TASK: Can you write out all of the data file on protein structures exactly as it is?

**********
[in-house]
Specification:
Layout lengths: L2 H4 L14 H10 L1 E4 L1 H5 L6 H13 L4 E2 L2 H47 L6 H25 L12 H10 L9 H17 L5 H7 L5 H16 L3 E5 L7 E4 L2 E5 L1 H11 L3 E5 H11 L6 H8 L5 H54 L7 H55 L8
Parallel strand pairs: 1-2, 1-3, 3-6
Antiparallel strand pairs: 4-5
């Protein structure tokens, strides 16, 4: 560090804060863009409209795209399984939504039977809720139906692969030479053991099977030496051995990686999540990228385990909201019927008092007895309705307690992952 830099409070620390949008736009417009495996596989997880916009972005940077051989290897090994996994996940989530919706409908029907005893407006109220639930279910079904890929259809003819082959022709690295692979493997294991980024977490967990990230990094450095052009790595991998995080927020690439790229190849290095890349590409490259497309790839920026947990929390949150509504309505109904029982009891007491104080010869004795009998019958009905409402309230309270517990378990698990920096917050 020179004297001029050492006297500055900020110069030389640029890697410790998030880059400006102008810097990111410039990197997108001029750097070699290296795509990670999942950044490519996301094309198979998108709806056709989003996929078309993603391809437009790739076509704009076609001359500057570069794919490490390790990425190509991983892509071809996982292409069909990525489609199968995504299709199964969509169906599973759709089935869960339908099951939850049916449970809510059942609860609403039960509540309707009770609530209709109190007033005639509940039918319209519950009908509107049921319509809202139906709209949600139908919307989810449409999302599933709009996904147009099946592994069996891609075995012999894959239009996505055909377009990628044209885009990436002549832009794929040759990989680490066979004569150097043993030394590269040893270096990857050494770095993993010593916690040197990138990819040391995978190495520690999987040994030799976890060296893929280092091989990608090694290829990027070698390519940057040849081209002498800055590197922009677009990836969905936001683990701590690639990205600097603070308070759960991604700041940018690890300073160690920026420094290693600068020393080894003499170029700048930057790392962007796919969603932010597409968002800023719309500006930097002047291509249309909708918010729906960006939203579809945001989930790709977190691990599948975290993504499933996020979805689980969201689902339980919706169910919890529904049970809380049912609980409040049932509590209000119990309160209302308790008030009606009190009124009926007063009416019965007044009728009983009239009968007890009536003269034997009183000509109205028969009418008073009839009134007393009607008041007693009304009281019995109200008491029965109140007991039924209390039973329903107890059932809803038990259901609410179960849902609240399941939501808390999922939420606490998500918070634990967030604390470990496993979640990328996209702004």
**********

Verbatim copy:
[in-house]
Specification:
Layout lengths: L2 H4 L14 H10 L1 E4 L1 H5 L6 H13 L4 E2 L2 H47 L6 H25 L12 H10 L9 H17 L5 H7 L5 H16 L3 E5 L7 E4 L2 E5 L1 H11 L3 E5 H11 L6 H8 L5 H54 L7 H55 L8
Parallel strand pairs: 1-2, 1-3, 3-6
Antiparallel strand pairs: 4-5
């Protein structure tokens, strides 16, 4: 560090804060863009409209795209399984939504039977809720139906692969030479053991099977030496051995990686999540990228385990909201019927008092007895309705307690992952 830099409070620390949008736009417009495996596989997880916009972005940077051989290897090994996994996940989530919706409908029907005893407006109220639930279910079904890929259809003819082959022709690295692979493997294991980024977490967990990230990094450095052009790595991998995080927020690439790229190849290095890349590409490259497309790839920026947990929390949150509504309505109904029982009891007491104080010869004795009998019958009905409402309230309270517990378990698990920096917050 020179004297001029050492006297500055900020110069030389640029890697410790998030880059400006102008810097990111410039990197997108001029750097070699290296795509990670999942950044490519996301094309198979998108709806056709989003996929078309993603391809437009790739076509704009076609001359500057570069794919490490390790990425190509991983892509071809996982292409069909990525489609199968995504299709199964969509169906599973759709089935869960339908099951939850049916449970809510059942609860609403039960509540309707009770609530209709109190007033005639509940039918319209519950009908509107049921319509809202139906709209949600139908919307989810449409999302599933709009996904147009099946592994069996891609075995012999894959239009996505055909377009990628044209885009990436002549832009794929040759990989680490066979004569150097043993030394590269040893270096990857050494770095993993010593916690040197990138990819040391995978190495520690999987040994030799976890060296893929280092091989990608090694290829990027070698390519940057040849081209002498800055590197922009677009990836969905936001683990701590690639990205600097603070308070759960991604700041940018690890300073160690920026420094290693600068020393080894003499170029700048930057790392962007796919969603932010597409968002800023719309500006930097002047291509249309909708918010729906960006939203579809945001989930790709977190691990599948975290993504499933996020979805689980969201689902339980919706169910919890529904049970809380049912609980409040049932509590209000119990309160209302308790008030009606009190009124009926007063009416019965007044009728009983009239009968007890009536003269034997009183000509109205028969009418008073009839009134007393009607008041007693009304009281019995109200008491029965109140007991039924209390039973329903107890059932809803038990259901609410179960849902609240399941939501808390999922939420606490998500918070634990967030604390470990496993979640990328996209702004």